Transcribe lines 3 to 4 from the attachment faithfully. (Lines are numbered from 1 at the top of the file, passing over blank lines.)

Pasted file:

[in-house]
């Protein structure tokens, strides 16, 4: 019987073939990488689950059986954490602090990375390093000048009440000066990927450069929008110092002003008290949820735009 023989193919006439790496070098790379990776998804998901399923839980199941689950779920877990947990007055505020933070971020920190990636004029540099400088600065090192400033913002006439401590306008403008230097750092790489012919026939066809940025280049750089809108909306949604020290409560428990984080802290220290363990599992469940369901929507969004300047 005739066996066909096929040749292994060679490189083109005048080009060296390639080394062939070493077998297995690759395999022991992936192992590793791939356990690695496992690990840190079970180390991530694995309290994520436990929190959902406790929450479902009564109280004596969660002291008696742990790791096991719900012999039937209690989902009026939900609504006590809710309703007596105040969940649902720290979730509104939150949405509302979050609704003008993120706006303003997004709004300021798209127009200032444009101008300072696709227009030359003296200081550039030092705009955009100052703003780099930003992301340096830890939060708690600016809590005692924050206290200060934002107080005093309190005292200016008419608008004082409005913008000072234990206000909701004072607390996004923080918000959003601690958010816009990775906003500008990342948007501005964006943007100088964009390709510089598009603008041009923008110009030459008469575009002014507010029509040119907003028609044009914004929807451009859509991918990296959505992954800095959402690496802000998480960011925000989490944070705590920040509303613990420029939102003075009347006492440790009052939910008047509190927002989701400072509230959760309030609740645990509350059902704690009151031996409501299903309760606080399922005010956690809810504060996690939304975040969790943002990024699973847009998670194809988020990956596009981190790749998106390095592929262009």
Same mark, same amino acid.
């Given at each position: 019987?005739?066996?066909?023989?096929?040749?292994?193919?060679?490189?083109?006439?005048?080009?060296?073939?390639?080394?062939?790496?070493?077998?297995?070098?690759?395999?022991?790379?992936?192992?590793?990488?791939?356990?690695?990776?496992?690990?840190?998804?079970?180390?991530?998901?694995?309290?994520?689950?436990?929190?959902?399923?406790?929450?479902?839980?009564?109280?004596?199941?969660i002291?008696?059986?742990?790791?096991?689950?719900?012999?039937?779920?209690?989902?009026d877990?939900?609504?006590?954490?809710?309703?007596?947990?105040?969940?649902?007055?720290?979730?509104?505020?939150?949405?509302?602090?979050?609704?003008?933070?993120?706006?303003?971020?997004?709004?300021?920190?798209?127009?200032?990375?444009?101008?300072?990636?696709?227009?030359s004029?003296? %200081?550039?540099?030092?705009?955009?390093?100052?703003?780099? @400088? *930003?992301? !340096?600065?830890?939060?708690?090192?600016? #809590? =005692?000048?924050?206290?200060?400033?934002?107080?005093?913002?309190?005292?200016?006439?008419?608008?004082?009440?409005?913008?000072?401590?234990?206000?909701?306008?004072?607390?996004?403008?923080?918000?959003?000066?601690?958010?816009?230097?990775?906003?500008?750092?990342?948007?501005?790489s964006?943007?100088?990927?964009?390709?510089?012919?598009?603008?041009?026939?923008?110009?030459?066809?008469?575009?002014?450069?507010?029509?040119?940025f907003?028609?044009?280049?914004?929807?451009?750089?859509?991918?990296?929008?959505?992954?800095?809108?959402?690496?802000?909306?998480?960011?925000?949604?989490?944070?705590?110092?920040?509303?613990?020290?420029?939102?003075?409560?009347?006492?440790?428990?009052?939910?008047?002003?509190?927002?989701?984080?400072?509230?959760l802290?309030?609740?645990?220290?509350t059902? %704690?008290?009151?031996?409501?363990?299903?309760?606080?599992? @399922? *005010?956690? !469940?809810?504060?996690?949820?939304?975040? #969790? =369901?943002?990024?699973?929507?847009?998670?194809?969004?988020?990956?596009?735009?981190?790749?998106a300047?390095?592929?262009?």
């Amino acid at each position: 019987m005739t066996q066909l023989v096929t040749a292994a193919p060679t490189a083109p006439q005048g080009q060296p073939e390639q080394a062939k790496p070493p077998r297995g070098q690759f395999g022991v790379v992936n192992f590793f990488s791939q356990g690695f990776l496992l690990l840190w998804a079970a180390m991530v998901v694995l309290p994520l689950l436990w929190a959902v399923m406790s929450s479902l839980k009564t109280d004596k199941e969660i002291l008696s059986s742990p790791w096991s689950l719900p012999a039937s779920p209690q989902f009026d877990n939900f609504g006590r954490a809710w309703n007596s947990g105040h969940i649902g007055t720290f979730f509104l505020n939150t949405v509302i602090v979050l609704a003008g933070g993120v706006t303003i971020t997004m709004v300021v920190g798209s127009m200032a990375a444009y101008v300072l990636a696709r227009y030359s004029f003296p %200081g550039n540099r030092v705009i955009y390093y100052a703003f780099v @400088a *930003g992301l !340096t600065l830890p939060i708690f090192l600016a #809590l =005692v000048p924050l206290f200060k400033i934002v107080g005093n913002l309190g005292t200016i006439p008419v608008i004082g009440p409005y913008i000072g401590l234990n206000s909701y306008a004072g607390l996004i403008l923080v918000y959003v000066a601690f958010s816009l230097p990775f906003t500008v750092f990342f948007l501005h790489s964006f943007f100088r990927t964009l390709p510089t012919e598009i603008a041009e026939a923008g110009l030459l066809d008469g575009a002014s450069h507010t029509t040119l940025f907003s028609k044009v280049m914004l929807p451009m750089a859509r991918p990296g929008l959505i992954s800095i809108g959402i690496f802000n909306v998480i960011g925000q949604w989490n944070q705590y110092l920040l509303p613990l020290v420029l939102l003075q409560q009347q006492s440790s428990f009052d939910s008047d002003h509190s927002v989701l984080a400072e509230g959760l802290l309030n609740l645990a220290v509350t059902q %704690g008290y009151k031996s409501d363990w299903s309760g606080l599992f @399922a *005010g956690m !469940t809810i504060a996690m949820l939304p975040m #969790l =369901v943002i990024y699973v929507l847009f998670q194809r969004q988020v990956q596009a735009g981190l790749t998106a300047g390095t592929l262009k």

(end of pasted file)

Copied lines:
Same mark, same amino acid.
């Given at each position: 019987?005739?066996?066909?023989?096929?040749?292994?193919?060679?490189?083109?006439?005048?080009?060296?073939?390639?080394?062939?790496?070493?077998?297995?070098?690759?395999?022991?790379?992936?192992?590793?990488?791939?356990?690695?990776?496992?690990?840190?998804?079970?180390?991530?998901?694995?309290?994520?689950?436990?929190?959902?399923?406790?929450?479902?839980?009564?109280?004596?199941?969660i002291?008696?059986?742990?790791?096991?689950?719900?012999?039937?779920?209690?989902?009026d877990?939900?609504?006590?954490?809710?309703?007596?947990?105040?969940?649902?007055?720290?979730?509104?505020?939150?949405?509302?602090?979050?609704?003008?933070?993120?706006?303003?971020?997004?709004?300021?920190?798209?127009?200032?990375?444009?101008?300072?990636?696709?227009?030359s004029?003296? %200081?550039?540099?030092?705009?955009?390093?100052?703003?780099? @400088? *930003?992301? !340096?600065?830890?939060?708690?090192?600016? #809590? =005692?000048?924050?206290?200060?400033?934002?107080?005093?913002?309190?005292?200016?006439?008419?608008?004082?009440?409005?913008?000072?401590?234990?206000?909701?306008?004072?607390?996004?403008?923080?918000?959003?000066?601690?958010?816009?230097?990775?906003?500008?750092?990342?948007?501005?790489s964006?943007?100088?990927?964009?390709?510089?012919?598009?603008?041009?026939?923008?110009?030459?066809?008469?575009?002014?450069?507010?029509?040119?940025f907003?028609?044009?280049?914004?929807?451009?750089?859509?991918?990296?929008?959505?992954?800095?809108?959402?690496?802000?909306?998480?960011?925000?949604?989490?944070?705590?110092?920040?509303?613990?020290?420029?939102?003075?409560?009347?006492?440790?428990?009052?939910?008047?002003?509190?927002?989701?984080?400072?509230?959760l802290?309030?609740?645990?220290?509350t059902? %704690?008290?009151?031996?409501?363990?299903?309760?606080?599992? @399922? *005010?956690? !469940?809810?504060?996690?949820?939304?975040? #969790? =369901?943002?990024?699973?929507?847009?998670?194809?969004?988020?990956?596009?735009?981190?790749?998106a300047?390095?592929?262009?």